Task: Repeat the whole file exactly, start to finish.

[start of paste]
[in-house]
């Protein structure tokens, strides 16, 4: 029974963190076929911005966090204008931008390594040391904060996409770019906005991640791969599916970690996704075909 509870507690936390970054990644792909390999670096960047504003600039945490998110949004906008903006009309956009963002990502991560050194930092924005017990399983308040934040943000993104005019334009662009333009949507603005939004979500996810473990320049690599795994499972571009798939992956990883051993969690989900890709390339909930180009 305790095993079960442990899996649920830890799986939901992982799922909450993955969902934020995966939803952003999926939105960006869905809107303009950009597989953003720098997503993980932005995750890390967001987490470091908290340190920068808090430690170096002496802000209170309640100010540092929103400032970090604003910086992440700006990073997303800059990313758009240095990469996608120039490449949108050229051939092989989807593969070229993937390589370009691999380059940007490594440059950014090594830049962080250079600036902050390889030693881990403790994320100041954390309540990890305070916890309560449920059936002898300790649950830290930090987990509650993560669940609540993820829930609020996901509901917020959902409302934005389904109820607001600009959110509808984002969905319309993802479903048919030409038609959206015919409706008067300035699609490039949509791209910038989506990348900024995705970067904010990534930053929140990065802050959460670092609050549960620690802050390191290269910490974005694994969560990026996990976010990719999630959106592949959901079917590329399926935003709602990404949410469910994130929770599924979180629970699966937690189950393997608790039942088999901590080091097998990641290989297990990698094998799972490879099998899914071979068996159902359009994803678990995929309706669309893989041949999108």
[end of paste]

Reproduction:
[in-house]
């Protein structure tokens, strides 16, 4: 029974963190076929911005966090204008931008390594040391904060996409770019906005991640791969599916970690996704075909 509870507690936390970054990644792909390999670096960047504003600039945490998110949004906008903006009309956009963002990502991560050194930092924005017990399983308040934040943000993104005019334009662009333009949507603005939004979500996810473990320049690599795994499972571009798939992956990883051993969690989900890709390339909930180009 305790095993079960442990899996649920830890799986939901992982799922909450993955969902934020995966939803952003999926939105960006869905809107303009950009597989953003720098997503993980932005995750890390967001987490470091908290340190920068808090430690170096002496802000209170309640100010540092929103400032970090604003910086992440700006990073997303800059990313758009240095990469996608120039490449949108050229051939092989989807593969070229993937390589370009691999380059940007490594440059950014090594830049962080250079600036902050390889030693881990403790994320100041954390309540990890305070916890309560449920059936002898300790649950830290930090987990509650993560669940609540993820829930609020996901509901917020959902409302934005389904109820607001600009959110509808984002969905319309993802479903048919030409038609959206015919409706008067300035699609490039949509791209910038989506990348900024995705970067904010990534930053929140990065802050959460670092609050549960620690802050390191290269910490974005694994969560990026996990976010990719999630959106592949959901079917590329399926935003709602990404949410469910994130929770599924979180629970699966937690189950393997608790039942088999901590080091097998990641290989297990990698094998799972490879099998899914071979068996159902359009994803678990995929309706669309893989041949999108």